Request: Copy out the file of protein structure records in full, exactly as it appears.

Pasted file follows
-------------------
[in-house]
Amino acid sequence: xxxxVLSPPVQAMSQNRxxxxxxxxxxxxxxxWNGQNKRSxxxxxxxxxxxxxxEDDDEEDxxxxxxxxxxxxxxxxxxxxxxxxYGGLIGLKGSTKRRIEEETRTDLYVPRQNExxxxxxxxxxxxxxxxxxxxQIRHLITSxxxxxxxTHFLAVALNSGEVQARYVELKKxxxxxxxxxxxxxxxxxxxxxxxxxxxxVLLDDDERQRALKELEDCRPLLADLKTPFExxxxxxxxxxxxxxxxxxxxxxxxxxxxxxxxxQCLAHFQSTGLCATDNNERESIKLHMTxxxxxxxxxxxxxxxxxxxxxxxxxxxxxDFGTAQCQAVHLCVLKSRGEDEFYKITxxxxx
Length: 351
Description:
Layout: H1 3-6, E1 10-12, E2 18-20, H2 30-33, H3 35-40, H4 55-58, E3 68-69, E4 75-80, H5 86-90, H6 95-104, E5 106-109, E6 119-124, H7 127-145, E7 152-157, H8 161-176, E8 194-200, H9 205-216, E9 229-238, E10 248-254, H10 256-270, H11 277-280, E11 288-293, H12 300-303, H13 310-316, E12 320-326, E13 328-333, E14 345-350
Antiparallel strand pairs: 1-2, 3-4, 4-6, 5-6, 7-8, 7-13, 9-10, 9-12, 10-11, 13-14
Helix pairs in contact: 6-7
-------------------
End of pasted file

[in-house]
Amino acid sequence: xxxxVLSPPVQAMSQNRxxxxxxxxxxxxxxxWNGQNKRSxxxxxxxxxxxxxxEDDDEEDxxxxxxxxxxxxxxxxxxxxxxxxYGGLIGLKGSTKRRIEEETRTDLYVPRQNExxxxxxxxxxxxxxxxxxxxQIRHLITSxxxxxxxTHFLAVALNSGEVQARYVELKKxxxxxxxxxxxxxxxxxxxxxxxxxxxxVLLDDDERQRALKELEDCRPLLADLKTPFExxxxxxxxxxxxxxxxxxxxxxxxxxxxxxxxxQCLAHFQSTGLCATDNNERESIKLHMTxxxxxxxxxxxxxxxxxxxxxxxxxxxxxDFGTAQCQAVHLCVLKSRGEDEFYKITxxxxx
Length: 351
Description:
Layout: H1 3-6, E1 10-12, E2 18-20, H2 30-33, H3 35-40, H4 55-58, E3 68-69, E4 75-80, H5 86-90, H6 95-104, E5 106-109, E6 119-124, H7 127-145, E7 152-157, H8 161-176, E8 194-200, H9 205-216, E9 229-238, E10 248-254, H10 256-270, H11 277-280, E11 288-293, H12 300-303, H13 310-316, E12 320-326, E13 328-333, E14 345-350
Antiparallel strand pairs: 1-2, 3-4, 4-6, 5-6, 7-8, 7-13, 9-10, 9-12, 10-11, 13-14
Helix pairs in contact: 6-7